Extended Abstract [pdf]
Büchi, M. (2020, October 28-31). Towards a Theory of Digital Well-Being. Paper presented at AoIR 2020: The 21st Annual Conference of the Association of Internet Researchers.
How can we live a good life both thanks to and despite the constant use of digital ICTs? A theoretical framework rooted in social sciences, Digital Well-Being Theory (DWBT), is proposed that focuses on the mechanisms between digital ICT use and well-being by analyzing concomitant harms and benefits associated with individual’s digital behaviors, skills, and dispositions. Hereby, Bourdieu’s concept of habitus (1977) is applied to the theorization of the digital (also see Ignatow & Robinson, 2017), or more specifically in this case, to digital well-being.
Academia and policy makers have long attempted conceptualizing the “good life,” using various indicators to determine quality of life (Diener et al., 2018). Although different facets of digital media have been presumed to affect well-being, a theoretical framework for the question of how individuals’ personal well-being relates to their everyday digital uses is missing – in particular to guide research that substitutes the moral panic, or alternately utopianism, around the use of digital media for empirical-analytical rigor and a sensitivity for the complex social/cultural, economic, and technical conditions that frame individual experience. In a digital society, the competent handling of relevant ICTs needs to go beyond notions of technical skills and encompass their integration into everyday life in such a way that they enable and support rather than detract from the achievement of personally valued goals. Digital well-being is here defined as subjective, personal well-being in a social environment characterized by the digitization of virtually all life domains and the constant abundance of digital information and communication options as a default (see Büchi et al., 2019).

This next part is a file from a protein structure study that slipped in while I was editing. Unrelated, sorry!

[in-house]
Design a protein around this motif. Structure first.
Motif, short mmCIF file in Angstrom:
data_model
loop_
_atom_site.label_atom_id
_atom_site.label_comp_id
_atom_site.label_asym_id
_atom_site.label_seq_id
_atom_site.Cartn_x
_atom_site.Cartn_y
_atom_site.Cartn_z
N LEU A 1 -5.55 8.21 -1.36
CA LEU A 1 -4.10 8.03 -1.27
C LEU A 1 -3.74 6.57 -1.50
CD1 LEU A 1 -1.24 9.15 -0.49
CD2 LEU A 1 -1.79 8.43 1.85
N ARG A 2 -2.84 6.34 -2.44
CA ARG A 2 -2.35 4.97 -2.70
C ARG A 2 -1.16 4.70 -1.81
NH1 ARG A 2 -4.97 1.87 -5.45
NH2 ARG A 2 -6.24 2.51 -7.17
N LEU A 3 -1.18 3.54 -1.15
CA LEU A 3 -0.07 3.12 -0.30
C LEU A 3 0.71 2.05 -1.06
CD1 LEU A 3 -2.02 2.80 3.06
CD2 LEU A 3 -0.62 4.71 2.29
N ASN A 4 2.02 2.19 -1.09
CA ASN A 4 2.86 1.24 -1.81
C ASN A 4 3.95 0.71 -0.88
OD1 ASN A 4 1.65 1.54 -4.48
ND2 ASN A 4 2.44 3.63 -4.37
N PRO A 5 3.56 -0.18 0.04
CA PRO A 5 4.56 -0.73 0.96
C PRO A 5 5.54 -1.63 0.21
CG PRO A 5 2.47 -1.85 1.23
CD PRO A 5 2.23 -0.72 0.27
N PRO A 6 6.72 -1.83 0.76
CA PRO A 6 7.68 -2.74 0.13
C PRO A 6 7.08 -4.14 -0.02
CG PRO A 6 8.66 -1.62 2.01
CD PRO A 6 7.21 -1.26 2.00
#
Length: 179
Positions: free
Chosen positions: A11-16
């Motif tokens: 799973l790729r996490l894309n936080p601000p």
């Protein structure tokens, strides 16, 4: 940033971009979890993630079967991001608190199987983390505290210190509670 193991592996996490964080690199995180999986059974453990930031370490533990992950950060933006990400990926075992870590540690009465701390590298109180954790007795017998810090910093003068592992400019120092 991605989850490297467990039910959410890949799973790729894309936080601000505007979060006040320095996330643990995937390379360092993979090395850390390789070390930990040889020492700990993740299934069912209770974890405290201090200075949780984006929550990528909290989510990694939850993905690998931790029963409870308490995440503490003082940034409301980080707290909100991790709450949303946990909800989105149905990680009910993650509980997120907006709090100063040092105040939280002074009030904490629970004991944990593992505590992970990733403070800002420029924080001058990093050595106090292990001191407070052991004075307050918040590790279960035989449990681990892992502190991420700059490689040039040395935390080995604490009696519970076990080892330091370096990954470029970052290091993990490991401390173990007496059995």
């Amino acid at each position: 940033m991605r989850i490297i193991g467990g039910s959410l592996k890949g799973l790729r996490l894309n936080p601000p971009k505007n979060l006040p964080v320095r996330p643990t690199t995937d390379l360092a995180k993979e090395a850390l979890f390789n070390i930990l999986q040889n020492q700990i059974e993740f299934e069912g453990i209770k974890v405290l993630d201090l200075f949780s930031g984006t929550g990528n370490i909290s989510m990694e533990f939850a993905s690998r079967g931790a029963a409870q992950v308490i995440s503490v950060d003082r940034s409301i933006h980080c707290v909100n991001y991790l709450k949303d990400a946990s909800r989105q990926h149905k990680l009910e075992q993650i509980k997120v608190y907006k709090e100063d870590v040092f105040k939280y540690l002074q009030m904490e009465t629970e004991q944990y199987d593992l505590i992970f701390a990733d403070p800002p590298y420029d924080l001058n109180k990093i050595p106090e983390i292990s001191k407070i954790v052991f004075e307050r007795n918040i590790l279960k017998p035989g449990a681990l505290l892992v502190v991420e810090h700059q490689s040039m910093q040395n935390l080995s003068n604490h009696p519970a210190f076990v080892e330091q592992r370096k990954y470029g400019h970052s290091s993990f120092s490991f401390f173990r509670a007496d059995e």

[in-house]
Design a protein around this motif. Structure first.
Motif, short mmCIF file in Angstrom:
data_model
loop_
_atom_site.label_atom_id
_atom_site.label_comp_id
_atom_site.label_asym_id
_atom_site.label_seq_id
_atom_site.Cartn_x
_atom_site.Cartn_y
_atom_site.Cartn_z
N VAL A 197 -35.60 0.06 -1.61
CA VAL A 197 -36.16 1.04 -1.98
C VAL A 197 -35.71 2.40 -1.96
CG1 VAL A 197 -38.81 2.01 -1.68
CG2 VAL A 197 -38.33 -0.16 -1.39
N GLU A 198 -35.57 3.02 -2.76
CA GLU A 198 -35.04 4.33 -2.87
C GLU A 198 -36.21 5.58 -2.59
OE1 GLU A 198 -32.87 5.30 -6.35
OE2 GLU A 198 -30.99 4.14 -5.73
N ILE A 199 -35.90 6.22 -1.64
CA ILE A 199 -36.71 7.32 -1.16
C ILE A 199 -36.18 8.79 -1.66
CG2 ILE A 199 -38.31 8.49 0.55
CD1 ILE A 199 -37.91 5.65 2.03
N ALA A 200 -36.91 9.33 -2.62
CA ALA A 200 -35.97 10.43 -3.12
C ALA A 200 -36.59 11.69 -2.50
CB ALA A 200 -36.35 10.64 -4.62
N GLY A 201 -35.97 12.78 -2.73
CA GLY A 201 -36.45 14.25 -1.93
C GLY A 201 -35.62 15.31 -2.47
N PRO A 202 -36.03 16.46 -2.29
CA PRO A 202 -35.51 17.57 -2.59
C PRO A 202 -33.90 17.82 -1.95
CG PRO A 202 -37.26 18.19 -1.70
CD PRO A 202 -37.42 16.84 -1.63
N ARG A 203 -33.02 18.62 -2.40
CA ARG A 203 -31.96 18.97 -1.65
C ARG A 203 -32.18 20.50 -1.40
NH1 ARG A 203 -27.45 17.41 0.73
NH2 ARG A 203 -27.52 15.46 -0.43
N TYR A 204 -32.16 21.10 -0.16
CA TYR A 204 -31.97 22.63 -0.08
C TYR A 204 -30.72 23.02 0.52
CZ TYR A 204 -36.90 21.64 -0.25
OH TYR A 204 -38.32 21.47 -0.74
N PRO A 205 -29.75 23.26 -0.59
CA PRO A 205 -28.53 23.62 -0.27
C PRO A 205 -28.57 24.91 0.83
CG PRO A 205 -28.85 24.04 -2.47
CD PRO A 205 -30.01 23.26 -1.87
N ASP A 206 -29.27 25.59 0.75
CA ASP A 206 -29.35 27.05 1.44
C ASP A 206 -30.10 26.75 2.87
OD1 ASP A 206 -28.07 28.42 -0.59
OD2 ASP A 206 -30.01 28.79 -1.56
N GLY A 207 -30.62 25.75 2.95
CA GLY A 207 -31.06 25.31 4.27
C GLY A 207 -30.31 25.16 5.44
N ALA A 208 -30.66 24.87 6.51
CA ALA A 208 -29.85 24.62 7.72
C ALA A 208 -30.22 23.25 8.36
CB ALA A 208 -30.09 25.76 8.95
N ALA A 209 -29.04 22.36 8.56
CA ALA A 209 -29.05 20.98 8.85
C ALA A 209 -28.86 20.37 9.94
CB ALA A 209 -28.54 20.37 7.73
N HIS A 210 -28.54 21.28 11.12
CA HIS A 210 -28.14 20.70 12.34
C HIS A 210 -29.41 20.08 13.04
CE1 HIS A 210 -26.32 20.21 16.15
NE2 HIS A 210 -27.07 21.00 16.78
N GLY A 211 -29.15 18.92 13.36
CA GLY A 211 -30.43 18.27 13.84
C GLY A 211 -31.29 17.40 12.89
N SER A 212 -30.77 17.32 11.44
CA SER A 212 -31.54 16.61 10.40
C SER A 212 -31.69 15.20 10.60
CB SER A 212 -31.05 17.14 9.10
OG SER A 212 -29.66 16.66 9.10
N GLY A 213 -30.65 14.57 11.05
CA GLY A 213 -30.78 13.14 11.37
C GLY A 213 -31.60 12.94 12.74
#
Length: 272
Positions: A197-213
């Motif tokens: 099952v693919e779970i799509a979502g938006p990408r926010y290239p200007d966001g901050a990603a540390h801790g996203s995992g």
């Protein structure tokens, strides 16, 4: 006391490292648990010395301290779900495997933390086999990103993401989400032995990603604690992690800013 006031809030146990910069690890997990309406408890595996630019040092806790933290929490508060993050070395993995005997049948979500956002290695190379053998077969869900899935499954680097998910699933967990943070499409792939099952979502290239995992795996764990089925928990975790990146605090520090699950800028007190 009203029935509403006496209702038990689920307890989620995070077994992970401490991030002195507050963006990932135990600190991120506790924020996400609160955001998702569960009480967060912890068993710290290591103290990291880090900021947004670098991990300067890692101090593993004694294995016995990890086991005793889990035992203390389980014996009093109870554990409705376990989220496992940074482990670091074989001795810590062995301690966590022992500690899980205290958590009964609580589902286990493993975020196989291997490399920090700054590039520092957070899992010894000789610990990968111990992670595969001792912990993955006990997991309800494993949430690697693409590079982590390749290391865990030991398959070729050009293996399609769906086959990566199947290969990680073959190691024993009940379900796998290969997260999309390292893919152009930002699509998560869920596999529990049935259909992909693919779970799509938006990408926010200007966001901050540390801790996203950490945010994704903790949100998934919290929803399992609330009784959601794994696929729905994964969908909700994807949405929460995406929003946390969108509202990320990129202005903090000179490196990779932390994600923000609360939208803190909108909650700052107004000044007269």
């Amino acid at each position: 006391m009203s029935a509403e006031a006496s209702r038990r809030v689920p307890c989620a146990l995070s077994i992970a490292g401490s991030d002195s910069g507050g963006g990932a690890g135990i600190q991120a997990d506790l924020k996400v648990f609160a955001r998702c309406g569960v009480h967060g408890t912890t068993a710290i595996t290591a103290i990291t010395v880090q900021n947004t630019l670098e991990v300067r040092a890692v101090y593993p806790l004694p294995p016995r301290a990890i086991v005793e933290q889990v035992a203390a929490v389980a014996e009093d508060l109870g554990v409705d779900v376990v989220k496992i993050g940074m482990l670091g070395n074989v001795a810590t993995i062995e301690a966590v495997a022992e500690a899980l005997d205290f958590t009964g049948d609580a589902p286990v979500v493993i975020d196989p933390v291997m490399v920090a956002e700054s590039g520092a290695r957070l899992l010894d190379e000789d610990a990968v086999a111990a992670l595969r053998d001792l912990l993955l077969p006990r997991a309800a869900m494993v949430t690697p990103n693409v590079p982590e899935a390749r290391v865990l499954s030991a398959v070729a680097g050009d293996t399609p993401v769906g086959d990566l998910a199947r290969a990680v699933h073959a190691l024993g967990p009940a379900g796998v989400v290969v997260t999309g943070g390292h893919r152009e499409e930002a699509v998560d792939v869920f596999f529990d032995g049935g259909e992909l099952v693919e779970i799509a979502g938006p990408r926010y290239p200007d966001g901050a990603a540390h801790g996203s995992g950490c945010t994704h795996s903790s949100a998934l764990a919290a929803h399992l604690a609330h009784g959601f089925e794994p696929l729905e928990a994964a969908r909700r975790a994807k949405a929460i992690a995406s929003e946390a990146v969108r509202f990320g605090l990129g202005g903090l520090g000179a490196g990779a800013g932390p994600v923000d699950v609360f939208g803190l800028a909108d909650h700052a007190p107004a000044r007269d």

The Relationship Between Digital ICT Use and Well-Being